A new tool models a fairer electricity trade

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image: The optimal scenario for electricity trade between the nations of Northeast Asia, from the perspective of the conventional model. Larger arrowhead size indicates higher power flow.
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Credit: Pavel Odinev / Skoltech

Skoltech researchers and their colleagues have proposed a new model for the interaction of electricity trading nations and the planning of their grid lines. Described in IEEE Transactions on Power Systems, the model suggests an explanation of why there is no cooperation in some parts of the world where it seems economically worthwhile, as well as possible solutions to achieve it. At the heart of the action is the realization that previous approaches have failed to place an appropriate value on the stability of economic ties.

There are many reasons why countries trade electricity. The most obvious is that some geographies are just better suited for generating electricity, so much so that it can be ludicrous to produce electricity at a cost many times more than what you can buy from a neighbor. Additionally, electricity demand fluctuates widely throughout the 24 hour cycle, so an electricity supplier tends to have excess production at least at some point of the day when they are ready to export.

To find optimal ways to expand electricity trade, researchers use mathematical models that balance the economic interests of participating nations and suggest where transmission lines should be best positioned and what is the optimal power flow at through each of them. The output of such a model might look like this (fig. 1).

The downside to the conventional model is that planning relies solely on an economic cost-benefit analysis, but with projects set to last for decades, it’s also essential to consider each party’s propensity to quit. This is something that the new approach proposed by the Skoltech researchers and their colleagues attempts to resolve, resulting in a different plan of interconnections for the same region (Fig. 2).

Compared in purely economic terms, the previous model wins by a small margin. For the scenario shown in Figures 1 and 2, for example, it is expected to generate around $ 7 billion in savings per year over a two-decade period, or around 6% more than the new stability-conscious model. But since the latter favors longer-lasting projects, the team expects this to more than make up for the savings gap.

The innovative approach of the proposed methodological framework for the planning of electricity exchanges between countries lies in the connection of the concepts of operations research, economics and cooperative game theory. In particular, the stability of the interconnection project and the propensity of a country to abandon such a project are, for the first time, captured in a cross-border transmission planning model through two-tier programming.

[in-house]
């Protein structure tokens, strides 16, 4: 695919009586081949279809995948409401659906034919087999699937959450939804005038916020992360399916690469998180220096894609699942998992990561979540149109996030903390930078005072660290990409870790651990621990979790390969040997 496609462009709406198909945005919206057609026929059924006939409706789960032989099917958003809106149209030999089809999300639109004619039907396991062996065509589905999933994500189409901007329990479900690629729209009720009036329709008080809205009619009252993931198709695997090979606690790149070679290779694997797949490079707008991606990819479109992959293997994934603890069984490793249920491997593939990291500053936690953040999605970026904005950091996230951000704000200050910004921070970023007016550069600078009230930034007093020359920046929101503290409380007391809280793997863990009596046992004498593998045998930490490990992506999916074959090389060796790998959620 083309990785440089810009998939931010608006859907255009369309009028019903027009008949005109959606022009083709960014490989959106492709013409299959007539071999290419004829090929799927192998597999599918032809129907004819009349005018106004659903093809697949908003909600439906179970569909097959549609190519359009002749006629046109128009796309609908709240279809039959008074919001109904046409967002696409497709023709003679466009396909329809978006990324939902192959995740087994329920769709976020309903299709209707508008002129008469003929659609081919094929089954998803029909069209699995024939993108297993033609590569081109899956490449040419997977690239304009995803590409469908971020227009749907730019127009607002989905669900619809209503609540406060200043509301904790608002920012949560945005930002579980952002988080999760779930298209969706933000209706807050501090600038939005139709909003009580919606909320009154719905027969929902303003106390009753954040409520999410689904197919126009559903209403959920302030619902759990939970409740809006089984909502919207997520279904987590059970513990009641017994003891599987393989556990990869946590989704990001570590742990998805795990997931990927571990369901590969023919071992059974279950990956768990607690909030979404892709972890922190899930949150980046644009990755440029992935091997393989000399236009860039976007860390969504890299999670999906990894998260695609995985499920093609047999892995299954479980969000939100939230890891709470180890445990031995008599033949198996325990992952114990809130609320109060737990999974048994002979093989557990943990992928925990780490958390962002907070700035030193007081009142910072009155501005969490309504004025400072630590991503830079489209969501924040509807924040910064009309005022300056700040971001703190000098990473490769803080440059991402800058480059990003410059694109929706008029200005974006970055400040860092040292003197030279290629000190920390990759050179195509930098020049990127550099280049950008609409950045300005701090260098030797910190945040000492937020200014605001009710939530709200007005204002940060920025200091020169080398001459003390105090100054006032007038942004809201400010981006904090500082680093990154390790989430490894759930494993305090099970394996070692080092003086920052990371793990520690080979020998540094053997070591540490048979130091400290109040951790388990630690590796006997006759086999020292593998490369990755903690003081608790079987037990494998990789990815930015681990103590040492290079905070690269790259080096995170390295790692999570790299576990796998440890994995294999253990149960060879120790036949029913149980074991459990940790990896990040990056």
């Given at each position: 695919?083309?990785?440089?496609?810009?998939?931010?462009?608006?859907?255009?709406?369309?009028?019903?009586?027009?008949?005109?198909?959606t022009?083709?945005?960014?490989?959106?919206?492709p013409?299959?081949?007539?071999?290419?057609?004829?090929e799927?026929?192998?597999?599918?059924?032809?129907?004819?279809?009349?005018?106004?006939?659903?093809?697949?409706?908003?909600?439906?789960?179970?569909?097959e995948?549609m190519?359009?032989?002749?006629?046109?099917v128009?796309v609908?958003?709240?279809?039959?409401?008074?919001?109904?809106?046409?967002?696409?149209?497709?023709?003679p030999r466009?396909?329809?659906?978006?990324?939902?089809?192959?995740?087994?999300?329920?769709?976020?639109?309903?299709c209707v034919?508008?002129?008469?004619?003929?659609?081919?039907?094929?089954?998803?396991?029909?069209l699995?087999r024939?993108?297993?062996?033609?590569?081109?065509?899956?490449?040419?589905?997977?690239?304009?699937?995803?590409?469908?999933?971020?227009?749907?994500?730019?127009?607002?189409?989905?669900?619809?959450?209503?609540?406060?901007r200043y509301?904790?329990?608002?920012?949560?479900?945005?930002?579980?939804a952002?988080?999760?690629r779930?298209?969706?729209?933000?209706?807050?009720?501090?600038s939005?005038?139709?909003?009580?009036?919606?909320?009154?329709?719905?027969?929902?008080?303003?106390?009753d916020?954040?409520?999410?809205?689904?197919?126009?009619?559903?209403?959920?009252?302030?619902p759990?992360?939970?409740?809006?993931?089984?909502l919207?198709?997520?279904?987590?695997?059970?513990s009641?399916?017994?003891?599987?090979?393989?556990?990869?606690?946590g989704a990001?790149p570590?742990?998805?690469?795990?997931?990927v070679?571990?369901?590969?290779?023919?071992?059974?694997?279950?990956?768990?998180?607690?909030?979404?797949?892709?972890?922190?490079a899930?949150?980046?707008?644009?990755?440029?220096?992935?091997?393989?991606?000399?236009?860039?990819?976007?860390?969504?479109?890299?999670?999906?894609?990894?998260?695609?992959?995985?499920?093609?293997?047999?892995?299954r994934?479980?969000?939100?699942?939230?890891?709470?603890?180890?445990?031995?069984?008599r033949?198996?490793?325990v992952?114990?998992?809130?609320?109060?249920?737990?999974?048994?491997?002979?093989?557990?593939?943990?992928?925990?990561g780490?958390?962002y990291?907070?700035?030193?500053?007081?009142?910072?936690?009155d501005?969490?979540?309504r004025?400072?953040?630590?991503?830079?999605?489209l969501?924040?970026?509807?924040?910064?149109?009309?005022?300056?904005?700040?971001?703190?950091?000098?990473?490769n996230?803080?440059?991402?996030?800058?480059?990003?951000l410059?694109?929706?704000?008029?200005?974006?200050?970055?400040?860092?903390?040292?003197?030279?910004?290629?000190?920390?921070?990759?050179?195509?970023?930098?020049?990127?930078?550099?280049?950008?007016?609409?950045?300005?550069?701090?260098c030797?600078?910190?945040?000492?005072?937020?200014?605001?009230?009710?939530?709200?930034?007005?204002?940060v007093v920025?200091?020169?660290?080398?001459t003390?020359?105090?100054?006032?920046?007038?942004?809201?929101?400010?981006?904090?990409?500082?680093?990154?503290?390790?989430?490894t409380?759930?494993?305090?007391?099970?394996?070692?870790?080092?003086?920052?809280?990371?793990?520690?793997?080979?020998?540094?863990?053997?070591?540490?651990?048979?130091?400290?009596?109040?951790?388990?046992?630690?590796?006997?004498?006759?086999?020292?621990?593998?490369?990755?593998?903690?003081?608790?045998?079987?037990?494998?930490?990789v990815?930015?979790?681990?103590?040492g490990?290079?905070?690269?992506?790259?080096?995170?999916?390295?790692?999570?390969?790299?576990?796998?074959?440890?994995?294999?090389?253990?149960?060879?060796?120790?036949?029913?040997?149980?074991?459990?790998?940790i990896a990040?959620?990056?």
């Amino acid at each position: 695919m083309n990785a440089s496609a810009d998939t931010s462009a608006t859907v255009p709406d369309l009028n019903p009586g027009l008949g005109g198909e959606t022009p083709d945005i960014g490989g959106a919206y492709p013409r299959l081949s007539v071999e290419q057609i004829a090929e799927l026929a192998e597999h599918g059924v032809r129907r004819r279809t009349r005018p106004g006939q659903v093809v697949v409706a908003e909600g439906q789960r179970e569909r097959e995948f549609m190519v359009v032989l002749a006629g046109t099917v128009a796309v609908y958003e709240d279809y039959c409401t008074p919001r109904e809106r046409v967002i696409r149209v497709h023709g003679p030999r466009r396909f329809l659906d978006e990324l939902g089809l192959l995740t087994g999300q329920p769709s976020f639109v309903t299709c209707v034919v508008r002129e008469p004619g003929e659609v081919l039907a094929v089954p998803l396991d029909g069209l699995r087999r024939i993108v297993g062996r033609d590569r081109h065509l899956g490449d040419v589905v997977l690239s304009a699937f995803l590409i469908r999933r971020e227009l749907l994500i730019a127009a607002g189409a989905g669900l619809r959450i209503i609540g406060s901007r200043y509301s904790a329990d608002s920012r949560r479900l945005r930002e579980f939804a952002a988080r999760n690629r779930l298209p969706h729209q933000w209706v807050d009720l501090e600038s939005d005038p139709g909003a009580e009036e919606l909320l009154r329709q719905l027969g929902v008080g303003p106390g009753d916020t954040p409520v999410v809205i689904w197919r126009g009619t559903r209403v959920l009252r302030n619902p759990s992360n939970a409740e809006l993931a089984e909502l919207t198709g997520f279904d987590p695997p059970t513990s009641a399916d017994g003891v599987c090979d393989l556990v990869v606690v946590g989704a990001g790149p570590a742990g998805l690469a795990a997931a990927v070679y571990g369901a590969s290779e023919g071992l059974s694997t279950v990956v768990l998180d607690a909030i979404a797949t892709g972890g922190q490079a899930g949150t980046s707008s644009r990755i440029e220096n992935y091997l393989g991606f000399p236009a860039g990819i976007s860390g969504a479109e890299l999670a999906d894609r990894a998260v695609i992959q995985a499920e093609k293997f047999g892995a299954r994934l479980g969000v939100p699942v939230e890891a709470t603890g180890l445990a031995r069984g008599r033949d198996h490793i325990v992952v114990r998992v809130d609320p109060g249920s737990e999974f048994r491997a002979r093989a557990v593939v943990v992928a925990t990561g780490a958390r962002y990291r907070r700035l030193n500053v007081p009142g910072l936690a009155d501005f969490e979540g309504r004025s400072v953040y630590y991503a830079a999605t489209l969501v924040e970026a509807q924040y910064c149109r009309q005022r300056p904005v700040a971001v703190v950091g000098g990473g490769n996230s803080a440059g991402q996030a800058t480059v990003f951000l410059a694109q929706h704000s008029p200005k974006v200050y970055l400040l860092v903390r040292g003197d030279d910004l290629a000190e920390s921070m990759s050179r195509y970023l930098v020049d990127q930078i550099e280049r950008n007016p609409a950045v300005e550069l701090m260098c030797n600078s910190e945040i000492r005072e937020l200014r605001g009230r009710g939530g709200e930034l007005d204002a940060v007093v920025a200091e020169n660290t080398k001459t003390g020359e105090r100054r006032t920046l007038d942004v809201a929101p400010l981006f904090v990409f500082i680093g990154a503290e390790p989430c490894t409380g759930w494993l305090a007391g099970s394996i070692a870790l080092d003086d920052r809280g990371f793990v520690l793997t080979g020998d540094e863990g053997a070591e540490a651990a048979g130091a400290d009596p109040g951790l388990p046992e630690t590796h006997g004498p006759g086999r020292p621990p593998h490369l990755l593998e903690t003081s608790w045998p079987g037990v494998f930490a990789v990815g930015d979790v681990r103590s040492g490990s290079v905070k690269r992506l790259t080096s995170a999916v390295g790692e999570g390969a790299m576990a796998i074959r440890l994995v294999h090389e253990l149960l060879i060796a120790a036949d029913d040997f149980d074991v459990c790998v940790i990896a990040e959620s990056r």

“One of the stability problems with the Standardized Approach is that it does not give enough weight to the interests of transit countries. So, for example, the interests of the two main players – the importer and the exporter – might be balanced, but the transit country would have an inferior position, making it more likely to veto the project. Our model takes into account the interests of the transit country in a more equitable manner, ”said study co-author David Pozo of Skoltech.

“The tool we are developing can also predict the damage caused by the resignation of a certain party. It is a useful by-product of the model which allows participants to stipulate appropriate penalties in the contract, ”adds the researcher.

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The study reported in this article featured researchers from Skoltech, the Trapeznikov Institute for Control Sciences of the SAR, the University of Newcastle, the University of Manchester, and the Pontifical Catholic University of Chile. .

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Skoltech is a private international university located in Russia. Established in 2011 in collaboration with the Massachusetts Institute of Technology (MIT), Skoltech cultivates a new generation of leaders in science, technology and business, conducts research in groundbreaking areas and promotes technological innovation in the goal of resolving critical issues. problems facing Russia and the world. Skoltech focuses on six priority areas: artificial intelligence and communications, life sciences and health, advanced engineering and advanced materials, energy efficiency and ESG, photonics and quantum technologies, advanced studies. Website: https://www.skoltech.ru/.


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